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December 16, 2003

Town shaped by schools for impaired

From: Philadelphia Inquirer - Dec 16, 2003

Talladega, Ala., has long been home to, and shaped by, the deaf, blind, disabled.
By Laura Sullivan

TALLADEGA, Ala. - This could be any other small town, fumbling forward through a century of economic spurts and hardships. And yet there is something different about this place, almost imperceptible at first, but there once you notice it: One in every 10 people who lives here is blind or deaf.

Largely a result of being home to one of the nation's oldest schools for the blind and deaf, Talladega has drawn people who are sight- or hearing-impaired. The more people have settled here, the more other people want to.

"People graduate and stay here, or they relocate here so their kids can go to school here," said town historian Tommy Moorehead, director of the Heritage Hall Museum.

"There's lots of employment here. People learn the lay of the land. Sometimes it's just easier to stay," he said.

The signs are subtle but everywhere: A man passes the town square, stops at the street corner and presses a button on a pole.

"You can cross Battle Street now," the pole tells him.

The menus at the McDonald's are written in braille. The sidewalks are flawlessly even. And most people - even nonimpaired people such as the teenage girl behind the pizza counter, the store manager at the local pharmacy, and the town's police officers - have an unconscious habit of signing while talking, no matter whom they are talking to.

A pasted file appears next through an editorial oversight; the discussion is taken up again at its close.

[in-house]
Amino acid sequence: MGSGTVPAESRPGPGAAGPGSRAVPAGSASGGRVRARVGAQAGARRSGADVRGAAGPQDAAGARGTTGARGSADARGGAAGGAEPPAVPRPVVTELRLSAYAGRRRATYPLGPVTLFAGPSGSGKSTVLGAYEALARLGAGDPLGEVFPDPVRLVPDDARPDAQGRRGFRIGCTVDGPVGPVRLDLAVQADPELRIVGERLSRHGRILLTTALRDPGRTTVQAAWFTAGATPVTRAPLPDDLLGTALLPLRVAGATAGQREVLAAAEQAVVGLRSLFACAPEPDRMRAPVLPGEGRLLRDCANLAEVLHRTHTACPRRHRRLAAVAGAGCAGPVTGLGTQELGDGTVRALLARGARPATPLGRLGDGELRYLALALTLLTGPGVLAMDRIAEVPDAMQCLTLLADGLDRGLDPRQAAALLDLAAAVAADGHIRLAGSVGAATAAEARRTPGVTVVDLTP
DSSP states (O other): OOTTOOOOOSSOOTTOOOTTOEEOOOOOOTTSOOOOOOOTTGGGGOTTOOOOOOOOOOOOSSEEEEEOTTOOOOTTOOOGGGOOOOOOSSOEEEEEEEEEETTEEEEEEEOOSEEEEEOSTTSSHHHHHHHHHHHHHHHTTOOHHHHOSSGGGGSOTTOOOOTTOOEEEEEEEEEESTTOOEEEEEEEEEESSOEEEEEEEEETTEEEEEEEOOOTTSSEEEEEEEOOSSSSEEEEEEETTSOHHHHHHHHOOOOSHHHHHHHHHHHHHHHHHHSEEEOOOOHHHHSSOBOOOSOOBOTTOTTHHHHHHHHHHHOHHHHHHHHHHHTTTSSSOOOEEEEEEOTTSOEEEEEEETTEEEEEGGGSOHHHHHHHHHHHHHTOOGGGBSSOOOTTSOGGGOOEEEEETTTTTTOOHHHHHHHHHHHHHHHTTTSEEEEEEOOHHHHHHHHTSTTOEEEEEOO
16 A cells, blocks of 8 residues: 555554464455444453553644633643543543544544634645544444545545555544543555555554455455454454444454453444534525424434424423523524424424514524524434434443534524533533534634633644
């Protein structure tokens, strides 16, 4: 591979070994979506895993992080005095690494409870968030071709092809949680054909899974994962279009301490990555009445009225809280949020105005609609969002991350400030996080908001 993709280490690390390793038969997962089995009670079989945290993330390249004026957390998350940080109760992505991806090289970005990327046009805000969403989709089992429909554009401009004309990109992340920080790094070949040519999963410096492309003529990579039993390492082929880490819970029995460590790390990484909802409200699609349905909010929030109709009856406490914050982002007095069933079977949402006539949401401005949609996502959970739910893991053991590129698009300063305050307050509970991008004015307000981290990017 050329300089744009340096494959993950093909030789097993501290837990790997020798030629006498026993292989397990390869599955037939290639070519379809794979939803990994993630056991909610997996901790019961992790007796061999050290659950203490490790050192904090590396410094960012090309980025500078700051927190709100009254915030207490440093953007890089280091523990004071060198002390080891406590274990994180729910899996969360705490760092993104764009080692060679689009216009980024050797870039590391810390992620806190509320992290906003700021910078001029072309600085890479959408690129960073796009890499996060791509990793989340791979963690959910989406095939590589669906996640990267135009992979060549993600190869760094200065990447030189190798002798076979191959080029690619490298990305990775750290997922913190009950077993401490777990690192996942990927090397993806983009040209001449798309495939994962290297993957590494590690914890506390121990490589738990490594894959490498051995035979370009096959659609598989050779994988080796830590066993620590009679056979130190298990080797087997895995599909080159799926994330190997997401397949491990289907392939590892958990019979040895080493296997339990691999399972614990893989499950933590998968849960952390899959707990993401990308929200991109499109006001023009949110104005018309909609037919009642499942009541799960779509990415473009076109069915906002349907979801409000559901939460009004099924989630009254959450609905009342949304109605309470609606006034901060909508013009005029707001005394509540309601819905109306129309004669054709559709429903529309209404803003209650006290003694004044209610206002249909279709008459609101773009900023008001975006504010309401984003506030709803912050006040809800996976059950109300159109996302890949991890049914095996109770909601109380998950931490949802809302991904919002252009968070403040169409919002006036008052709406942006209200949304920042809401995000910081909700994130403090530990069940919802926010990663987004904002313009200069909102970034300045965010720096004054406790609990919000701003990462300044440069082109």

Talladega, an American Indian word meaning border town for its once central location between two great tribes, saw its heyday in the late 1800s and early 1900s, when a new railroad brought 30 trains a day.

Businesses thrived, and the century-old plantations and manor houses built during that era still line the quiet neighborhood streets. Even then, though, the nucleus of the town was the Alabama Institute for the Deaf and Blind.

Founded before the Civil War by a doctor whose younger brother was deaf, the institute has grown into one of the most renowned institutions for impaired people in the country.

The institute runs three of the town's four schools that cater to people who are deaf, blind or impaired. They are the Alabama School for the Blind, the Alabama School for the Deaf, and the Helen Keller School of Alabama for children or adults with multiple disabilities.

The institute also runs the Alabama Industries for the Blind, a $10-million-a-year enterprise that employs hundreds of deaf and blind people who make, among dozens of other items, every tie worn by a man in the four branches of the military.

But the institute also employs nonimpaired Talladega residents. More than 1,100 work at the institute or one of its many branches.

"AIDB is such a part of Talladega, you can't see one without the other," said Lisa Sams, a specialist with the Office of Institutional Advancement at the institute and a lifelong resident.

"AIDB has certainly helped the economy, we employ so many people," Sams said. "But it also keeps so many folks coming in and out of town, and a lot of time people decide to settle here. I think they find the small-Southern-town community hospitable."

Kim Casey, who manages the McDonald's and whose boyfriend is blind, said that because Talladega had always been so conscientious about meeting the needs of people, both disabled and nondisabled, it was easy for everyone to just blend together as people.

"I love it here. It's like... " she pauses, searching for a word. Her hands think of it first.

"It's too cool. It's one of a kind," she said, signing. "But you'll never hear about it."

© 2003 Philadelphia Inquirer and wire service sources. All Rights Reserved.